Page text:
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PostPosted: Tue Feb 24, 2015 1:27 pm    Post subject: Reply with quote

https://forums.gentoo.org/viewtopic-p-7677328.html#7677328
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s0be
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Joined: 23 Nov 2002
Posts: 239

PostPosted: Tue Feb 24, 2015 5:42 pm    Post subject: Reply with quote

subdriver wrote:
I don't think the kernel is booting, the environment is a busybox shell, so the initramfs has started but not started the kernel
Edit:I should have said an ash shell with the busybox tool kit.


To help you understand what goes on:

1. Bios boots bootloader after basic hardware configuration
2. Bootloader (probably grub) boots kernel
3. Kernel further initializes hardware
4. (optional) Kernel unpacks initrd/initramfs into memory
a initrd/initramfs sets up root partition (configures raid or unencrypts partition, etc)
b Initrd/initramfs uses switch_root or pivot_root to transfer to on disc partition
5. Kernel or Initrd starts /init(or whatever init is passed on the kernel command line) in the root partition

The kernel is definitely booting if you're getting to a shell in a busybox environment. It's just after that point (it's probably not finding the correct root partition) that the wheels are coming off the track.
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NeddySeagoon
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Joined: 05 Jul 2003
Posts: 42847
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PostPosted: Tue Feb 24, 2015 7:22 pm    Post subject: Reply with quote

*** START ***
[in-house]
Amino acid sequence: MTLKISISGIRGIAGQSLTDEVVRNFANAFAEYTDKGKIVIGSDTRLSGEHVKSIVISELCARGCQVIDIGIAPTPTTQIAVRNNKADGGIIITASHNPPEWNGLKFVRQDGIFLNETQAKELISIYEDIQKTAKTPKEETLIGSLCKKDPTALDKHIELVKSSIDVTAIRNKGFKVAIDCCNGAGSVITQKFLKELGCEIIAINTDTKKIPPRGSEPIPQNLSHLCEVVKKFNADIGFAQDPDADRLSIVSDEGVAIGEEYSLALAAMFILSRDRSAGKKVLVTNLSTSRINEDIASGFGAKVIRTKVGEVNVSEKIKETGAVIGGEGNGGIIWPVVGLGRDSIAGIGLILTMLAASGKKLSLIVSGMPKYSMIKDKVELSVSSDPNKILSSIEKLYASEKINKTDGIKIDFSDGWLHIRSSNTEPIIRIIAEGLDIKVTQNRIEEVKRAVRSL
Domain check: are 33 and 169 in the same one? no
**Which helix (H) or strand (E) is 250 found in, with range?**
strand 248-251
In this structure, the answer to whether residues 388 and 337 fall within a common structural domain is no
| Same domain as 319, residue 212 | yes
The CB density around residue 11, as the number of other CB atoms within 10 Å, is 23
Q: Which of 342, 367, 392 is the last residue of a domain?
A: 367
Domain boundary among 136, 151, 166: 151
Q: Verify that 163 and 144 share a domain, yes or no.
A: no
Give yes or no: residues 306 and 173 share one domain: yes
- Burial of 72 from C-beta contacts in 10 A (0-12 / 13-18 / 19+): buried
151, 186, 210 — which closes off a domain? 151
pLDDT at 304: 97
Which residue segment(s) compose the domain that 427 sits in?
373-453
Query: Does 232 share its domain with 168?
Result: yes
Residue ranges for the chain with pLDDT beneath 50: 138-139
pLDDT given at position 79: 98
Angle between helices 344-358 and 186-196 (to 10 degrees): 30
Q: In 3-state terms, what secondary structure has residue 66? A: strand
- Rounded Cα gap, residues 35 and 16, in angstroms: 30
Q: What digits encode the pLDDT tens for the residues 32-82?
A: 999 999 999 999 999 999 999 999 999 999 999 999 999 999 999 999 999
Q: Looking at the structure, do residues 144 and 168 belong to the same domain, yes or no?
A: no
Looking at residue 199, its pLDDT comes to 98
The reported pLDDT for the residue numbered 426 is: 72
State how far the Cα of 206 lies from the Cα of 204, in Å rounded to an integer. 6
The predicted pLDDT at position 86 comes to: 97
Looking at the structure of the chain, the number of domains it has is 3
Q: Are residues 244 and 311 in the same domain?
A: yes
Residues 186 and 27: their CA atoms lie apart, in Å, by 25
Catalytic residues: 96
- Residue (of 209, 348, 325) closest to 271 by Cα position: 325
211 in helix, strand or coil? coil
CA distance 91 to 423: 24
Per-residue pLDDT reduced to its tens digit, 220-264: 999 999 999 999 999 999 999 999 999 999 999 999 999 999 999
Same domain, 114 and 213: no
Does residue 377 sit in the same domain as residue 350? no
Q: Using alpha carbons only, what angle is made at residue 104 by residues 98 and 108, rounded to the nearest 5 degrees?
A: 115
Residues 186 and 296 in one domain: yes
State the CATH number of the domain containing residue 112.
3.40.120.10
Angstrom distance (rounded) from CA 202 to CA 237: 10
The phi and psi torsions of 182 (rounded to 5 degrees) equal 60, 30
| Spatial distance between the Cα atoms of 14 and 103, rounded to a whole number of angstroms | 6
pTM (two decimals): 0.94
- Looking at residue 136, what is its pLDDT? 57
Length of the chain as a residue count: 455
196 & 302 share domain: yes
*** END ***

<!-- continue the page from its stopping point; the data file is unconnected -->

subdriver,

This message is important for what it does not say.
Code:
"Could not find the root block device in ."

Between the word "in" and the period should be a list of all the block devices the kernel can see.
Here the list is empty, which means "none at all".

In turn, this points the finger at your kernel. Something needed to see your HDDs is missing.

For more help, please post the output of lspci --nn and put your kernel config file onto a pastebin site. Wgetpaste is your friend.
_________________
Regards,

NeddySeagoon

Computer users fall into two groups:-
those that do backups
those that have never had a hard drive fail.
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subdriver
n00b
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Joined: 23 Mar 2010
Posts: 29

PostPosted: Tue Feb 24, 2015 11:32 pm    Post subject: Reply with quote

Once I understood that the kernel was booting, I looked for other reasons and realised that /bin wasn't mounting.
So, I looked at what I'd done when I moved the filesystem across, and realised that I had created a separate partition for /bin :oops:
So, I mounted up the bin partition on a temporary mountpoint, did mkdir /bin, copied all of the files across to /bin, tidied up and rebooted and it works! Just a few niggles with the mountpoints to sort out, but it seems to be all good
Thanks for the assistance.